What global power doesn't have a strong centralized govt?
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Old 05-17-2013, 07:37 PM
 
Location: Midwest City, Oklahoma
3,931 posts, read 1,951,928 times
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Quote:
Originally Posted by Think4Yourself View Post
I love how the usual dullards are doing everything to avoid admitting what the man actually wrote.

I told you it would happen. The right wing conservatives would put their heads in the sand and ignore FACTS when those facts and reality contradict their cherished dogma and the talking points which have been spoon fed to them. If there is one thing conservatives never do it is think for themselves.

When I first read the excerpts from the letter, and the interpretations by the C-D P&OC posters. I was shocked by what I "thought" Thomas Jefferson was saying. But if you actually read what his letter states, and understand it. You'll realize that it isn't quite what it sounds like.


You have to understand that the primary goal of Thomas Jefferson, was to create a nation of small farmers(Yeoman farmers). Thomas Jefferson hated the cities, and believed they were always corrupt and exploitative(as well as the government).

Yeoman - Wikipedia, the free encyclopedia

Jefferson had hoped that, if land was taxed at relatively high rates. That it would force landholders to either rent their property, sell their property, or be productive with it. If they rented out their property, that would increase employment. If they sold their property, it would increase employment. And if they cultivated their property, it would increase employment.

Anyway, the important part of Thomas Jefferson's letter is this...

"Whenever there are in any country uncultivated lands and unemployed poor, it is clear that the laws of property have been so far extended as to violate natural right. The earth is given as a common stock for man to labor and live on. If for the encouragement of industry we allow it to be appropriated, we must take care that other employment be provided to those excluded from the appropriation. If we do not, the fundamental right to labor the earth returns to the unemployed. It is too soon yet in our country to say that every man who cannot find employment, but who can find uncultivated land, shall be at liberty to cultivate it, paying a moderate rent. But it is not too soon to provide by every possible means that as few as possible shall be without a little portion of land. The small landholders are the most precious part of a state."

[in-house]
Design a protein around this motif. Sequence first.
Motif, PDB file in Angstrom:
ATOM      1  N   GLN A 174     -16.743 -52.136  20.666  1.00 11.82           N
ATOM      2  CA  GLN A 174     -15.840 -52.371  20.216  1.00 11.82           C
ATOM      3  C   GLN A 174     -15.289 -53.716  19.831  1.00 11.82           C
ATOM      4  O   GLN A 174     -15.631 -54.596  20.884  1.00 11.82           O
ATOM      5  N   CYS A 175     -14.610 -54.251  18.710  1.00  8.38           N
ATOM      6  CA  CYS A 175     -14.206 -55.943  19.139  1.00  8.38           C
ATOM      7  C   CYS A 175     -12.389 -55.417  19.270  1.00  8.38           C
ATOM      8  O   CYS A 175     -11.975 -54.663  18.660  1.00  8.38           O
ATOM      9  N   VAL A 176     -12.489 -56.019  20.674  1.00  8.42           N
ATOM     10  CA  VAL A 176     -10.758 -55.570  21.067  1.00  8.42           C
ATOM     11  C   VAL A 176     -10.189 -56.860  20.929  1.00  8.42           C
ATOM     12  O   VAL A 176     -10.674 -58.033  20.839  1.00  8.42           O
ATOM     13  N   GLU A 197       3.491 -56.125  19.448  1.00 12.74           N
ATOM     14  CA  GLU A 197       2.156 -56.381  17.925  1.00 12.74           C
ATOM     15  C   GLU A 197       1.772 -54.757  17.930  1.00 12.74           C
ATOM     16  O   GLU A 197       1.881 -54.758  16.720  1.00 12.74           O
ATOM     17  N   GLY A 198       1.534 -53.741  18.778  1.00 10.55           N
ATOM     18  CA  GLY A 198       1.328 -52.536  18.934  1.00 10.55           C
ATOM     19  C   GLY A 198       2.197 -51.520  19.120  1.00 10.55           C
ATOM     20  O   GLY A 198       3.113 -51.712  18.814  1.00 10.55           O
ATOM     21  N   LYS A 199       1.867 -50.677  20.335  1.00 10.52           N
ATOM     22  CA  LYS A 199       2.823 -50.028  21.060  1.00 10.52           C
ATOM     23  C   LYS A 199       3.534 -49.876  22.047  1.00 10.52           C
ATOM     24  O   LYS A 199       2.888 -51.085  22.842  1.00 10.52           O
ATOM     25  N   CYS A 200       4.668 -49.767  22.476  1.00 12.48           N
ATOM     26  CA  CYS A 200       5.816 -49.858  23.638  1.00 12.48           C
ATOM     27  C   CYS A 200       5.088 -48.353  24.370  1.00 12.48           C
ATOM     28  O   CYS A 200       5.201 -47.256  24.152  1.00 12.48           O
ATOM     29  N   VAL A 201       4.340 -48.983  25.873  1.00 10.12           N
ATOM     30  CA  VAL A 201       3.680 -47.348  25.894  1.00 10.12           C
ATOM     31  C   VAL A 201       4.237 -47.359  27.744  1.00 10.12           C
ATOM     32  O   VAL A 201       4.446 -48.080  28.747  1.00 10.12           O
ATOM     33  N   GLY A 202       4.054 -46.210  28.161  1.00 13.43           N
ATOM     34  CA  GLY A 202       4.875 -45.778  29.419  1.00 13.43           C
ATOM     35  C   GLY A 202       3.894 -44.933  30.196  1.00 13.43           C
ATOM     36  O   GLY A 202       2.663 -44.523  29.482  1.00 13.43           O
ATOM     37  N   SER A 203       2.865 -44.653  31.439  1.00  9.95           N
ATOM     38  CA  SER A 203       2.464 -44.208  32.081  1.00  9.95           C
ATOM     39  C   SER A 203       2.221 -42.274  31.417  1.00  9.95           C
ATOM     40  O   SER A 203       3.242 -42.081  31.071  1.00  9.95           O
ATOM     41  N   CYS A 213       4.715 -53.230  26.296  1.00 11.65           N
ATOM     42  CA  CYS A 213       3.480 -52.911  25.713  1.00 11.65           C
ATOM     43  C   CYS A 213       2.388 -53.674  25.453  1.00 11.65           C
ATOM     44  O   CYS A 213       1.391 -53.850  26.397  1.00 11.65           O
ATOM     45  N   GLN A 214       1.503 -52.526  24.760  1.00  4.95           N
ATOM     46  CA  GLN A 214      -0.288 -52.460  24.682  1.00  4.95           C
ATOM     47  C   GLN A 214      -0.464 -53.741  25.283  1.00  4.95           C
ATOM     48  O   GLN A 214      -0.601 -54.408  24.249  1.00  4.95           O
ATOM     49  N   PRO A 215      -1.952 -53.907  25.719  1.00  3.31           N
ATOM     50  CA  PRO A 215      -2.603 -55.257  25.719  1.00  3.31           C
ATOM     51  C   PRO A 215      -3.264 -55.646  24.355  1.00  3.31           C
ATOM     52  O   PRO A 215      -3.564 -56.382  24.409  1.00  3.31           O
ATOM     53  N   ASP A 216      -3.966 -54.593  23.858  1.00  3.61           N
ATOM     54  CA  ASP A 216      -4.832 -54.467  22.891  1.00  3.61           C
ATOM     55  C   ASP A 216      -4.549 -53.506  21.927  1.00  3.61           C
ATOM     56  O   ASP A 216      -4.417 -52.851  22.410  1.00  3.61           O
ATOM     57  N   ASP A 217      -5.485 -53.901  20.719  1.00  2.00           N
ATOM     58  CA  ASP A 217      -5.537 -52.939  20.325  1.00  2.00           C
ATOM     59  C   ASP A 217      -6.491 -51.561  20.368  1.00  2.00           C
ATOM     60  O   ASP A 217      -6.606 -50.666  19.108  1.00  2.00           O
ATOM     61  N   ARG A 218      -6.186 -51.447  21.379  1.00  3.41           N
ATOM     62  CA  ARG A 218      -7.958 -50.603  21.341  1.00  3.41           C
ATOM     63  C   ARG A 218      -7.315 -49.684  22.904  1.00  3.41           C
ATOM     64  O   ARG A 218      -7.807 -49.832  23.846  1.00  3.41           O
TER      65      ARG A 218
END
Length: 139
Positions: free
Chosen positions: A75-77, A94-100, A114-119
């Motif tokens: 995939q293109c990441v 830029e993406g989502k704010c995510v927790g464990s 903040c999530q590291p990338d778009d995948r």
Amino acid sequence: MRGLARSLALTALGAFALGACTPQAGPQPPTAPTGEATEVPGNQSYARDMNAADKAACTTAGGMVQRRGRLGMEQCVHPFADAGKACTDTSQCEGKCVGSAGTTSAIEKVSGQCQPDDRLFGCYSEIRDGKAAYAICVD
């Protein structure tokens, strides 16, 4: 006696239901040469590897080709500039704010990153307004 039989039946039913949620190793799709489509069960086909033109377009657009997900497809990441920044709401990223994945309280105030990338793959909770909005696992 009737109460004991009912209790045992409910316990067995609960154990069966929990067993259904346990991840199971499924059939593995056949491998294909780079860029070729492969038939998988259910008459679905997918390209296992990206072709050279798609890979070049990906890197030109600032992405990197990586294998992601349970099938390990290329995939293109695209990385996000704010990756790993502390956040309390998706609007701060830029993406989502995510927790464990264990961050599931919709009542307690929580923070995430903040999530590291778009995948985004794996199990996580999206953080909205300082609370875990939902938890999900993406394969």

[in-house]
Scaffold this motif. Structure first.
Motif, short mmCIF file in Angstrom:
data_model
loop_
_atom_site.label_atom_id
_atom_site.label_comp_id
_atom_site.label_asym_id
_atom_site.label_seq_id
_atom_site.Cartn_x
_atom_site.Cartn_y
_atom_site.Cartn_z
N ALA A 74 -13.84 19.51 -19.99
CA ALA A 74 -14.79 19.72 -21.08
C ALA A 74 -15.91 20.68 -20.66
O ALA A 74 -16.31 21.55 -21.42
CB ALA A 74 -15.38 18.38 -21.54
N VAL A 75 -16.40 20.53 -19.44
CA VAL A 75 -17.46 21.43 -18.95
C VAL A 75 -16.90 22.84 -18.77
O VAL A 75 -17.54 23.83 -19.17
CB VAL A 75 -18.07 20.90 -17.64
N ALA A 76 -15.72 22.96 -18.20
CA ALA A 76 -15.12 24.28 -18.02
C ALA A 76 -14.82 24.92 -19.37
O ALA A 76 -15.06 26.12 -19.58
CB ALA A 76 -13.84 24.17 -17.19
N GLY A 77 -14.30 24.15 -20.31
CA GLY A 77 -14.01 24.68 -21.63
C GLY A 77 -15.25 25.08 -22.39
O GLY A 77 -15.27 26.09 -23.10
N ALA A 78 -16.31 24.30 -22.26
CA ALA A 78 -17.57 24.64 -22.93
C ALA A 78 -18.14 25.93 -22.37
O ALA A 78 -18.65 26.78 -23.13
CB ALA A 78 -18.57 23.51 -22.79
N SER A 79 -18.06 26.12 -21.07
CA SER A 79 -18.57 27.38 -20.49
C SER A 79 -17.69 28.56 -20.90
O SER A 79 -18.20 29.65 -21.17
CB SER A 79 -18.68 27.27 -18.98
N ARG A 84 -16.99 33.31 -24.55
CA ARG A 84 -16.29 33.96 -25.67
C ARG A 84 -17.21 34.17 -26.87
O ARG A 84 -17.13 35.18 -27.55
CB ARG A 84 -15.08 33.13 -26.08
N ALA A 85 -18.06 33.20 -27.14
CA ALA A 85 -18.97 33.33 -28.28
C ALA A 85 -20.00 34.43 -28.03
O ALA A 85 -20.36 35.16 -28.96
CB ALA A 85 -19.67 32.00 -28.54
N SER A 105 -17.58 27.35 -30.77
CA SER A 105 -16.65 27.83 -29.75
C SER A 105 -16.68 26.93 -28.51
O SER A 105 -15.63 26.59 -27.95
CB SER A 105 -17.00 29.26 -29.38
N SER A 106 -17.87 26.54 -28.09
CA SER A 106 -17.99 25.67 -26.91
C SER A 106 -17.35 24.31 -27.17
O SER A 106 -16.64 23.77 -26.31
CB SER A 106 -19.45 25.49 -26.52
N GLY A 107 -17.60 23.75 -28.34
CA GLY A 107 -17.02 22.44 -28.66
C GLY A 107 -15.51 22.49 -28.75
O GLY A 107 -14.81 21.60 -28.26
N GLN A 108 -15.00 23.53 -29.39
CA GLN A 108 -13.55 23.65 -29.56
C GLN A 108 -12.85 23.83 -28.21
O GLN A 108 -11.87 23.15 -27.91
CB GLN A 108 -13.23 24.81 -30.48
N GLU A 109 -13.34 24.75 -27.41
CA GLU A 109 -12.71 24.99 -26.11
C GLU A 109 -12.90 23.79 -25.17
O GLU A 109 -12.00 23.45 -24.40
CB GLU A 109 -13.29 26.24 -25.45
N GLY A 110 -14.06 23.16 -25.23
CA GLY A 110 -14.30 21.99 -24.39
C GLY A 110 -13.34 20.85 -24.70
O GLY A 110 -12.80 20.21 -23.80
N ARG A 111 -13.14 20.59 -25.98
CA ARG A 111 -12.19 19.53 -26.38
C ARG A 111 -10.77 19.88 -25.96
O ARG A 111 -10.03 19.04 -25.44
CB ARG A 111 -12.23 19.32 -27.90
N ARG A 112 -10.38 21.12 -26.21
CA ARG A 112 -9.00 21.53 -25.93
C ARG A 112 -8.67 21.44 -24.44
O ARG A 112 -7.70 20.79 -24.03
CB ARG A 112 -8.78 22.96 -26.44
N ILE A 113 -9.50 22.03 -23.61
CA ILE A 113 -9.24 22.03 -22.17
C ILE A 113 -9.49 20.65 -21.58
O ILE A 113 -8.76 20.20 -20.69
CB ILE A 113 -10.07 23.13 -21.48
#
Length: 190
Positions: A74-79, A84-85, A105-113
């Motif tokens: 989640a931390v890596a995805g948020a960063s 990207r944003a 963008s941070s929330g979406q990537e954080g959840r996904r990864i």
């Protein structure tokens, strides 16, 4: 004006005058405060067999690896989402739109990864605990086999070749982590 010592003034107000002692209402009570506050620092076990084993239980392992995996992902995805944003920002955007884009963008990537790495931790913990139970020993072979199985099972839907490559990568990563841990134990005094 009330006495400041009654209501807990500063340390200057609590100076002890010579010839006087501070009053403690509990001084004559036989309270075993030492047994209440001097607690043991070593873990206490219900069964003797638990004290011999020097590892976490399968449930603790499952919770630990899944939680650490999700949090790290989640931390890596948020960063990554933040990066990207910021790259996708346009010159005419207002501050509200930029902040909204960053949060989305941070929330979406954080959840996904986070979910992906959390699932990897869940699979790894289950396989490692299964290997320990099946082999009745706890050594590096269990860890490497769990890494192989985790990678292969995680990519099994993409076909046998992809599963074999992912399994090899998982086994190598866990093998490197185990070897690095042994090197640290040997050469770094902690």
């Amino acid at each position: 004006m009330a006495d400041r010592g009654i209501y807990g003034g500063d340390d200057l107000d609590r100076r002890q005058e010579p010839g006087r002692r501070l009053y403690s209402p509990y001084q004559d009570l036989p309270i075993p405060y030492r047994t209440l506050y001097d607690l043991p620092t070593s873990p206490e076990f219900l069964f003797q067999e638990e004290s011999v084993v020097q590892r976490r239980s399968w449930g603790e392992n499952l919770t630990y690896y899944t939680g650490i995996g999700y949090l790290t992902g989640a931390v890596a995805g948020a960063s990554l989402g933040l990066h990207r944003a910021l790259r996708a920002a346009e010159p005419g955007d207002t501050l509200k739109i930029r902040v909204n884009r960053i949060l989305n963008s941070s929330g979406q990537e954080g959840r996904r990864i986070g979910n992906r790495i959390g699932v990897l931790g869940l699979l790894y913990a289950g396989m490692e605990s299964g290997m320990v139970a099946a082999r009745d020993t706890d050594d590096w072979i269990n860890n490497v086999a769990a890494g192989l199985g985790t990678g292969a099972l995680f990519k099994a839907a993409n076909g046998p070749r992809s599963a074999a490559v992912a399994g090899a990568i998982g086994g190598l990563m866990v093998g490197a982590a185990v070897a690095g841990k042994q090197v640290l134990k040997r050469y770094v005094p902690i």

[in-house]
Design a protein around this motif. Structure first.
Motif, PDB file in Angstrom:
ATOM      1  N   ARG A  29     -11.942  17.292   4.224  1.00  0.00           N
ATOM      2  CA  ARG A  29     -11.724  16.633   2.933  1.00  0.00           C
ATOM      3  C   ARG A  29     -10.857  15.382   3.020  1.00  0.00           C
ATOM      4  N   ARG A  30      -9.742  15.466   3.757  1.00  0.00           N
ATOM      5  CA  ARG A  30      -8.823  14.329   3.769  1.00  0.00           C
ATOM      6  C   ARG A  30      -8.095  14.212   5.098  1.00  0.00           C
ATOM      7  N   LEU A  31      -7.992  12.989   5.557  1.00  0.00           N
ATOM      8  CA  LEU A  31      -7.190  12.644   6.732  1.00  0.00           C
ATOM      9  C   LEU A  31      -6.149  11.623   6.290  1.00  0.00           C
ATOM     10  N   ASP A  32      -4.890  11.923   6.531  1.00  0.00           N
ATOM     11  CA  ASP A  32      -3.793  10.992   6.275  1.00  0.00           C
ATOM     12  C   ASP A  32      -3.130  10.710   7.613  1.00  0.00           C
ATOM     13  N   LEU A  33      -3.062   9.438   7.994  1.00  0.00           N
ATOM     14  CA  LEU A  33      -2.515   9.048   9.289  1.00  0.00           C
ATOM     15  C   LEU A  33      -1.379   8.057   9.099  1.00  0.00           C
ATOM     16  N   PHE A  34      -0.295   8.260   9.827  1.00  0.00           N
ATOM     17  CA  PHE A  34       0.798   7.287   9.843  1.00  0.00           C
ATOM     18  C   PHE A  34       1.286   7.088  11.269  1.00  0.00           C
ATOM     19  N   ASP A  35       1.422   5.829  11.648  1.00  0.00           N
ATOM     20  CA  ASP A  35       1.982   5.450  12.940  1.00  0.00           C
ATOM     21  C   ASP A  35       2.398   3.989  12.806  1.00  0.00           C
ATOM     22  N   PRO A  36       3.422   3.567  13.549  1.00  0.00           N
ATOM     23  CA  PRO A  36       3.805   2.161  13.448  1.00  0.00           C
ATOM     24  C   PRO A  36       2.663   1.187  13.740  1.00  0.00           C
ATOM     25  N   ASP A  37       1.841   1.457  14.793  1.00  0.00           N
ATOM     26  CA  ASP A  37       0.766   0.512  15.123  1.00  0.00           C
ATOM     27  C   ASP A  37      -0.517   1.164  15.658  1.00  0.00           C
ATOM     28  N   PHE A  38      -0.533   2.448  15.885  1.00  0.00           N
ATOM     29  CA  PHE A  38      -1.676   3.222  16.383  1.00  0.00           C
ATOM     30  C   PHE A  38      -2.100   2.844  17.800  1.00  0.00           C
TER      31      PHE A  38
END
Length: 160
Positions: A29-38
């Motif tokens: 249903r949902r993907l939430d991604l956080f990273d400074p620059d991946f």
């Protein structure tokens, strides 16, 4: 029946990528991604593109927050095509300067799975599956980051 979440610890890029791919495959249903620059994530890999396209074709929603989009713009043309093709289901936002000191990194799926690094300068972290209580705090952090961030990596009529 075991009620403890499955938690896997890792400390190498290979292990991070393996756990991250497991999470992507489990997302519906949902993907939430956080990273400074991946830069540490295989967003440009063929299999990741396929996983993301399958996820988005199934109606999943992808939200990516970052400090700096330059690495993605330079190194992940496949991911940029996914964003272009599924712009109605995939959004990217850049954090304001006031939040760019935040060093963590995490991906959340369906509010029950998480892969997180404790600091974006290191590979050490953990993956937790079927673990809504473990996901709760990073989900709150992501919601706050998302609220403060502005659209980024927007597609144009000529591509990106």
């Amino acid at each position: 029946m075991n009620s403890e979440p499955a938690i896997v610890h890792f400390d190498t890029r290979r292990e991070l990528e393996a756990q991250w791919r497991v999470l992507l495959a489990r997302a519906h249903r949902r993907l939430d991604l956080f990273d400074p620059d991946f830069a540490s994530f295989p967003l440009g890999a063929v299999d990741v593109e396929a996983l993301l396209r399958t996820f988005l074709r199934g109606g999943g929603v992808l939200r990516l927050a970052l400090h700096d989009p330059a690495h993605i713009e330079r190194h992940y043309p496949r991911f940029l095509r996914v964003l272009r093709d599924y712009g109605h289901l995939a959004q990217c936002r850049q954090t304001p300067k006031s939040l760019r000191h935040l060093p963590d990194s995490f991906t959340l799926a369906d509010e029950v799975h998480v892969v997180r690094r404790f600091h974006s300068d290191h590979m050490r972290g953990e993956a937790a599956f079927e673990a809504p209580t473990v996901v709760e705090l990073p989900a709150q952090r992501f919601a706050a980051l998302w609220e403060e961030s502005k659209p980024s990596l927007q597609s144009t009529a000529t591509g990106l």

The more important part of understanding Thomas Jefferson, was that his ideas basically had absolutely nothing to do with collectivism. Or at least nothing to do with any sort of welfare-type policy. The taxes on property weren't to be used for the public good. And if you really examine the consequences of his policy, it was actually to promote individualism. Because he wanted people to be independent and work for themselves on their own land. Completely independent of anyone "above them". Be it wealthy landowners, or the government.

Which was the basis for the "Homestead acts" that happened during the late 1800's and early 1900's. Where the government wanted to basically eliminate large landowners. By giving away small tracts of land to individuals and families. Also, after the Civil War, the large plantations of the South were also carved up and given away.


Basically, Thomas Jefferson's policies advocated individualism, personal responsibility, and independence. I think to argue that Thomas Jefferson was remotely interested in the middle class, or welfare. Is a complete misunderstanding of what he is saying.

Last edited by Redshadowz; 05-17-2013 at 07:48 PM..